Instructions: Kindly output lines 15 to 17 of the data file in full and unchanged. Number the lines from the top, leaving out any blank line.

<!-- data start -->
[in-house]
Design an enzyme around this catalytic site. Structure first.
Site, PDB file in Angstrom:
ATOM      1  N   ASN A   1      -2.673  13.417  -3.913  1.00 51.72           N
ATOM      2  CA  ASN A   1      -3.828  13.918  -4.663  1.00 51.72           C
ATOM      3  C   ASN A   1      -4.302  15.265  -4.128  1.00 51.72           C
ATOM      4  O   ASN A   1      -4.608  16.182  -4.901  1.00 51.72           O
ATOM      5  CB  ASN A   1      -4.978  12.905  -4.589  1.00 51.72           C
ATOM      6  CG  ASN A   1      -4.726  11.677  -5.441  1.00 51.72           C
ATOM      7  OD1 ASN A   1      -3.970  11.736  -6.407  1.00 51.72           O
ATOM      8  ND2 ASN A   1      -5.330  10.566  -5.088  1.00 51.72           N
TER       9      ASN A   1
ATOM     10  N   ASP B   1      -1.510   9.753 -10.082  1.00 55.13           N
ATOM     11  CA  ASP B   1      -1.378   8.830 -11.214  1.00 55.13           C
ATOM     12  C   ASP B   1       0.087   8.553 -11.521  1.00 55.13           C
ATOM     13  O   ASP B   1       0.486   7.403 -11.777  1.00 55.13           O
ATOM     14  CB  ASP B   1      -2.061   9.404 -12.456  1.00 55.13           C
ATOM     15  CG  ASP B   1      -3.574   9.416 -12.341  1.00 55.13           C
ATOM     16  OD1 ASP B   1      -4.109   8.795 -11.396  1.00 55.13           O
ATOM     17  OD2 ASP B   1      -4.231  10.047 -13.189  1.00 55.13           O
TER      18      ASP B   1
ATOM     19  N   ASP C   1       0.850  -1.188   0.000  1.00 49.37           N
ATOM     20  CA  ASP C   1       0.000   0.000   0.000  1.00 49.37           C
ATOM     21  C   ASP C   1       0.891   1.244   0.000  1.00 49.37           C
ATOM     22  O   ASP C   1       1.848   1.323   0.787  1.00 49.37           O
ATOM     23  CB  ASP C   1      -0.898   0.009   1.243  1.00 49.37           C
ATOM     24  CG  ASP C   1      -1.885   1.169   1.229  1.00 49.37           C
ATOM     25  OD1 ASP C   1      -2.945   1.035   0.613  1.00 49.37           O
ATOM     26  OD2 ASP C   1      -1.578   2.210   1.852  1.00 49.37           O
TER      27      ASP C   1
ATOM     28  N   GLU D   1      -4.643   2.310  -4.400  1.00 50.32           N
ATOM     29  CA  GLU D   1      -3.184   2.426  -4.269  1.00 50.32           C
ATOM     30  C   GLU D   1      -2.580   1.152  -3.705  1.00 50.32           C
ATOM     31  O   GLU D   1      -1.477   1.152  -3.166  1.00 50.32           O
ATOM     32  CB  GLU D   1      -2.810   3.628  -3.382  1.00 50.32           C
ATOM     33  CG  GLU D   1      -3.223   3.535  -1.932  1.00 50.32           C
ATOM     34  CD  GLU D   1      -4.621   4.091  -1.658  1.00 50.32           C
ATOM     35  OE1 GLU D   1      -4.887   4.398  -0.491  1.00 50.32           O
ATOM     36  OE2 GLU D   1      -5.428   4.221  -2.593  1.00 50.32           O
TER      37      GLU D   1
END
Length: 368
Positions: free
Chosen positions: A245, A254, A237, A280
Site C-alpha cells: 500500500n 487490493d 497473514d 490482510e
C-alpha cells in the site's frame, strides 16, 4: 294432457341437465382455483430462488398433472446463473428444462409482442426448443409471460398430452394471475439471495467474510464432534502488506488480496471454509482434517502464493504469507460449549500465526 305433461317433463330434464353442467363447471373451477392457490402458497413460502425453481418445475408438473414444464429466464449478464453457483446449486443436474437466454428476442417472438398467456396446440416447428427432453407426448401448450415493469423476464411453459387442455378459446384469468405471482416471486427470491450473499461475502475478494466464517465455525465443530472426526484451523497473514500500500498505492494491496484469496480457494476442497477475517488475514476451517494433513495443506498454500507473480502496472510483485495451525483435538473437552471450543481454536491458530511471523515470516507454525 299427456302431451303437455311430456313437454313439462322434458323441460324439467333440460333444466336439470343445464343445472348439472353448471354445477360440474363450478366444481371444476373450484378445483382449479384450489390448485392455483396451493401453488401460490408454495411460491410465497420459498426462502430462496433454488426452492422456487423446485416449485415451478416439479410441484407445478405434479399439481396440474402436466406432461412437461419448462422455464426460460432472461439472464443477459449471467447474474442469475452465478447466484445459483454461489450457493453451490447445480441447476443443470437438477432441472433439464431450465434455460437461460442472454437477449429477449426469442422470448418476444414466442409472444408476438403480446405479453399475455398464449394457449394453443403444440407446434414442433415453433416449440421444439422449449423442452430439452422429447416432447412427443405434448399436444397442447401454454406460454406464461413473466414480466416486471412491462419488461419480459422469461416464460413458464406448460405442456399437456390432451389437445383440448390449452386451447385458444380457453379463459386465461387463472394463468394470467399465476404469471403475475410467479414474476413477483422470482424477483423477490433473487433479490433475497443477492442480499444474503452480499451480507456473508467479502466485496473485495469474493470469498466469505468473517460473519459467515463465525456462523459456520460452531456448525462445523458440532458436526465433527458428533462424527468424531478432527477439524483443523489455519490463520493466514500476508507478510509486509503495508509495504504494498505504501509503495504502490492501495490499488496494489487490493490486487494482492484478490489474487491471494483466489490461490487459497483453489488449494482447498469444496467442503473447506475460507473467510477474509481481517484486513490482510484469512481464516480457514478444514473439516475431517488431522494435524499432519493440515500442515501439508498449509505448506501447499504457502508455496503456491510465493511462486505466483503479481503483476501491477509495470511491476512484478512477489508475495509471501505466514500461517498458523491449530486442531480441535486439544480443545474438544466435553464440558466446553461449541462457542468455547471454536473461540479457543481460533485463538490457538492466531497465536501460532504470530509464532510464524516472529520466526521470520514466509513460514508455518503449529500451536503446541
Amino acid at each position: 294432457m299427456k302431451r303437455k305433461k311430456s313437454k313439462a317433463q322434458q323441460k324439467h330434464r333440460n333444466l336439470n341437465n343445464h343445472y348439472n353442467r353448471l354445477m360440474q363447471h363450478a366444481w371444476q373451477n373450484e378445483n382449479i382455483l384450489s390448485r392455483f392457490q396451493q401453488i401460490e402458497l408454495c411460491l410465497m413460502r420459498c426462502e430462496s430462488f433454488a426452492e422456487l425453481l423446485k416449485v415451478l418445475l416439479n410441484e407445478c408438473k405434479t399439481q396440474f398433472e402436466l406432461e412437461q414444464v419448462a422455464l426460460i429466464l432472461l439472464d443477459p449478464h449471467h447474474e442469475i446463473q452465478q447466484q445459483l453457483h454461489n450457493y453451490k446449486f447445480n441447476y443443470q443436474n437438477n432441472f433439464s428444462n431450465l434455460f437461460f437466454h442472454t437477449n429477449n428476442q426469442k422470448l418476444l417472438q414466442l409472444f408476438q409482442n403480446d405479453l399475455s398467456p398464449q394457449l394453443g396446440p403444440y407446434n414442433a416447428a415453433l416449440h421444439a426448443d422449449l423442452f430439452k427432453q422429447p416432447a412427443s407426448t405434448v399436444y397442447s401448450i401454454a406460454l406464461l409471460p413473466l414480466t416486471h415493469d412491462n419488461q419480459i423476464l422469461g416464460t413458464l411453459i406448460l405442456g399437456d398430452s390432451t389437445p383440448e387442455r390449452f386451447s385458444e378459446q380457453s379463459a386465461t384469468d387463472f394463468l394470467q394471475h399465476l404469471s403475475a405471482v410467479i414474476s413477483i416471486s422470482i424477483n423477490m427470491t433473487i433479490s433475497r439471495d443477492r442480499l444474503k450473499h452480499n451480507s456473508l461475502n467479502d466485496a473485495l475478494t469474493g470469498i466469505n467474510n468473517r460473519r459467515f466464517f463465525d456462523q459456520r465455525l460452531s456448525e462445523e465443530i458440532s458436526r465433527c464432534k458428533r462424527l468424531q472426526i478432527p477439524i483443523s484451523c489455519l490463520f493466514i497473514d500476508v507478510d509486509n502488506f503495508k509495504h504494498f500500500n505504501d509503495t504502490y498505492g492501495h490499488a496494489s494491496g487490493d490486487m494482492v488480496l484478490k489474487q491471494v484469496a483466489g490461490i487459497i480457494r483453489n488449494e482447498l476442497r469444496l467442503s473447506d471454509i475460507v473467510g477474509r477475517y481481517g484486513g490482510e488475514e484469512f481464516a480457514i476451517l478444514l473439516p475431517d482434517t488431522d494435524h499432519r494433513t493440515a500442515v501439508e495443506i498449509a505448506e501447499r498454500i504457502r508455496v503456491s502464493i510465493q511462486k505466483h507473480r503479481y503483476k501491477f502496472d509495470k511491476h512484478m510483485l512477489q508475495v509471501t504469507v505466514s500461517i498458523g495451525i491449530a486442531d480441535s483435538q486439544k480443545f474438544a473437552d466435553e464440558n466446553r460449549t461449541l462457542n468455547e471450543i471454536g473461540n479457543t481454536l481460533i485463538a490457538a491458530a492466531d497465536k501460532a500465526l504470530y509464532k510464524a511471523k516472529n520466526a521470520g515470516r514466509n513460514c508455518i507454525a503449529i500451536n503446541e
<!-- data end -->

ATOM     12  C   ASP B   1       0.087   8.553 -11.521  1.00 55.13           C
ATOM     13  O   ASP B   1       0.486   7.403 -11.777  1.00 55.13           O
ATOM     14  CB  ASP B   1      -2.061   9.404 -12.456  1.00 55.13           C